Christmas Bird Count going strong at 117

Anything celebrating its 117th year is likely on to something. Few things last more than a lifetime, much less generations. For the 117th year in a row, the National Audubon Society is organizing its annual Christmas Bird Count.

Beginning on Christmas Day in 1900, Dr. Frank M. Chapman, founder of Bird-Lore, which evolved into Audubon magazine, proposed a new holiday tradition that would count birds during the holidays rather than hunt them. Conservation was in its beginning stages in that era, and many hunters, observers and scientists were becoming concerned about declining bird populations. So began the Christmas Bird Count. The tradition continues and still manages to bring out the best in people.

Between December 14th and January 5th, tens of thousands of bird-loving volunteers will participate in counts across the Western Hemisphere. The data collected by participants continues to contribute to one of only two large existing pools of information notifying ornithologists and conservation biologists about what conservation action is required to protect birds and the places they need.

The Christmas Bird Count is the longest-running wildlife census in the world. Each individual count takes place in a 15-mile-wide circle and is led by a compiler responsible for organizing volunteers and submitting observations to the Audubon Society. Within each circle, participants tally all birds seen or heard that day - not just the species but total numbers - to provide a clear idea of the health of that particular population.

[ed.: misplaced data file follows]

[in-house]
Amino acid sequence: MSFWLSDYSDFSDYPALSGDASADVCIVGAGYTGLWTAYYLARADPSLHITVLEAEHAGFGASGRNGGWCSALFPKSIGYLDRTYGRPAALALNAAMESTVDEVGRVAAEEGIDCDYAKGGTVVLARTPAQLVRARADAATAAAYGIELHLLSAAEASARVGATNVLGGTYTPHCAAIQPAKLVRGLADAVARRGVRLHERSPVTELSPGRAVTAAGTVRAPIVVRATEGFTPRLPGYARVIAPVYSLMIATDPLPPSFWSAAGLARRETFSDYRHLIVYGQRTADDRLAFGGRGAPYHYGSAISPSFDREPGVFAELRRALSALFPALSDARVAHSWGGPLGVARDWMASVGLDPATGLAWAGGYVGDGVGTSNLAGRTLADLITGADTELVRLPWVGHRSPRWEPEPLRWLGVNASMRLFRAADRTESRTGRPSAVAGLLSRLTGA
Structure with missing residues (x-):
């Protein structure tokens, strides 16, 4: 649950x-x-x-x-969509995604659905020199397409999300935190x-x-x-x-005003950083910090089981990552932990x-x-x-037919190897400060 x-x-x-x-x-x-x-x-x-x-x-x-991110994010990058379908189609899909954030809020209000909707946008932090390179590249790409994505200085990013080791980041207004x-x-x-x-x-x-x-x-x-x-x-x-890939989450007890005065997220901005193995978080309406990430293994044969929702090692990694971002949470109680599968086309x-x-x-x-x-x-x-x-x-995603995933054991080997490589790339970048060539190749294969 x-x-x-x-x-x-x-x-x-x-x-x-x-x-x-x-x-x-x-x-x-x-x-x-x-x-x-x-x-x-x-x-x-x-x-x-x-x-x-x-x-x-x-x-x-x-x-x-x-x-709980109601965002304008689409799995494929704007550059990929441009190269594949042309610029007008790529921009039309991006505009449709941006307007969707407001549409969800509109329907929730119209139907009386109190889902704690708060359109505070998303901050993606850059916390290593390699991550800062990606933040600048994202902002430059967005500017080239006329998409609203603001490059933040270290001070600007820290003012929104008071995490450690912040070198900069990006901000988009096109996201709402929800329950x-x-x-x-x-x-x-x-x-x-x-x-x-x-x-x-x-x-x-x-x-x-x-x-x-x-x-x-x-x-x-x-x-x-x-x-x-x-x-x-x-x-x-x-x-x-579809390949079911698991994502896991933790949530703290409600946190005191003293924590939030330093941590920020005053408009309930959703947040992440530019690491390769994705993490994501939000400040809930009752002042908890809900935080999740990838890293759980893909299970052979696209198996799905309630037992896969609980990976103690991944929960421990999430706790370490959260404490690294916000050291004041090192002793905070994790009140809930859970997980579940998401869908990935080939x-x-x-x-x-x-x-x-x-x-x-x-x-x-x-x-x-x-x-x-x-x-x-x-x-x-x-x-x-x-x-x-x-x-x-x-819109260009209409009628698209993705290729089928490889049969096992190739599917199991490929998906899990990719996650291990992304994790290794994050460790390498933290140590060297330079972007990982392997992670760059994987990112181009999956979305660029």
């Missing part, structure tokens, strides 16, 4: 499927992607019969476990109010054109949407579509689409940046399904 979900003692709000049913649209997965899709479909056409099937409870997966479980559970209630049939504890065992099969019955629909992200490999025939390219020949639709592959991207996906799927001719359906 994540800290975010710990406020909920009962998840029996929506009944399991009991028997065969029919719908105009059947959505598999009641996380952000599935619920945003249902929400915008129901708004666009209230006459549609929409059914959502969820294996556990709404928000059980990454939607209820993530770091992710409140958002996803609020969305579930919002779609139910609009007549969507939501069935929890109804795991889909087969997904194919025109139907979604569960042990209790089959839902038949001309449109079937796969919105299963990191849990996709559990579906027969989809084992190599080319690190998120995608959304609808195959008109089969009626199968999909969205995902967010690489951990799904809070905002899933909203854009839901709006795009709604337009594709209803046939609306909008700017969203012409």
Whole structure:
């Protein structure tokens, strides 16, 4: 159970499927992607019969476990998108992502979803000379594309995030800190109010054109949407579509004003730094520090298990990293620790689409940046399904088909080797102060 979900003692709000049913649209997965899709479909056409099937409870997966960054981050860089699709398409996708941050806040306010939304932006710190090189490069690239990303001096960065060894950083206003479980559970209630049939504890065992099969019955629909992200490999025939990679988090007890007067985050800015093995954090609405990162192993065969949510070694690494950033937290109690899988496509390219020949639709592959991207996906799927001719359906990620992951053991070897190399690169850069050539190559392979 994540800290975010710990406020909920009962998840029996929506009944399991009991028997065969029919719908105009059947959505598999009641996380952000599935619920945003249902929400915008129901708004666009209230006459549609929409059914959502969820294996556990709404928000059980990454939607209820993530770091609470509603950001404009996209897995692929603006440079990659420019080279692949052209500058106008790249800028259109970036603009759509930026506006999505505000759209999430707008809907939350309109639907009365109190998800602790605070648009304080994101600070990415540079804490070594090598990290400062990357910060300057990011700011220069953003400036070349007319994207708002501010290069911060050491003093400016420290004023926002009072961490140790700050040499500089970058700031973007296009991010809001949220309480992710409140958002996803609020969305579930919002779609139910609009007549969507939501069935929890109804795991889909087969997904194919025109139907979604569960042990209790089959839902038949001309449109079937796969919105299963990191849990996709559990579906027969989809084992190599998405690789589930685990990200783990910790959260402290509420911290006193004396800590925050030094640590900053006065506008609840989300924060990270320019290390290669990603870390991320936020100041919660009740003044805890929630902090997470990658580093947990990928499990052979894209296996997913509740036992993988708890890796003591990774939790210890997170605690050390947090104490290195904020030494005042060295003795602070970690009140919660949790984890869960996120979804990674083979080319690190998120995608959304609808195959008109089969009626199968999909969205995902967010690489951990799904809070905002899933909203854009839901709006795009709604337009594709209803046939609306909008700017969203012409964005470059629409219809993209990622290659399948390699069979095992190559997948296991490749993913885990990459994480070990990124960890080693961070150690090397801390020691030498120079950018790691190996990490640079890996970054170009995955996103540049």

"It's never been easier to be a citizen scientist and it's never been more important to be one," said David Yarnold, president of the National Audubon Society. "Birds and the people who watch them are noticing changes. Using the data gathered by more than a century of Christmas Bird Counts, Audubon will keep protecting birds and the places they need. I'm incredibly proud of the volunteers that contribute to this tradition."

Christmas Bird Count data has been used in more than 200 peer-reviewed articles which shows how well respected the CBC is on biologists and other professionals researching the ever changing world and how birds fit it. When combined with other surveys such as the Breeding Bird Survey, a picture is shown of how the continent's bird populations have changed in time and space over the past hundred years. The long term perspective is vital for conservationists. It informs strategies to protect birds and their habitat, and helps identify environmental issues with implications for people as well.

Last year, the 116th Christmas Bird Count included a record-setting number of counts (over 2,500) in the U.S. Canada, Latin America, the Caribbean, Bermuda and the Pacific Islands. In total, over 75 thousand observers out in the field tallied up almost 60 million birds representing over 26 hundred different species. This represents about a quarter of the world's known kinds of birds. Approximately 5 percent of the North American landmass was surveyed by the Christmas Bird Count.

From Alaska's Arctic coast to Tierra del Fuego, and from Newfoundland to Los Angeles, the 117th CBC is a tradition that anyone can participate. Adding observations to more than a century of data helps scientists and conservationists observe trends that will help make the Society’s work more impactful and can be a fun day afield.

It’s not just about song birds. A disturbing finding from last year was the continued decline of the Northern Bobwhite, the only native quail in the eastern United States. Record low numbers of this species were observed from the Midwestern states to the Mid-Atlantic and down to Florida.

Meanwhile the Eurasian Collared-Dove, introduced to the Bahamas in the 1970s from its native Europe, was observed in record high numbers from North Carolina throughout the Midwest and northward to the Great Lakes and southern Canada. One of my brothers bagged one of these here in Newton County opening day of dove hunting season. Both of these species are of great concern as Audubon embarks on its 117th count. For more information and to find a count near you visit www.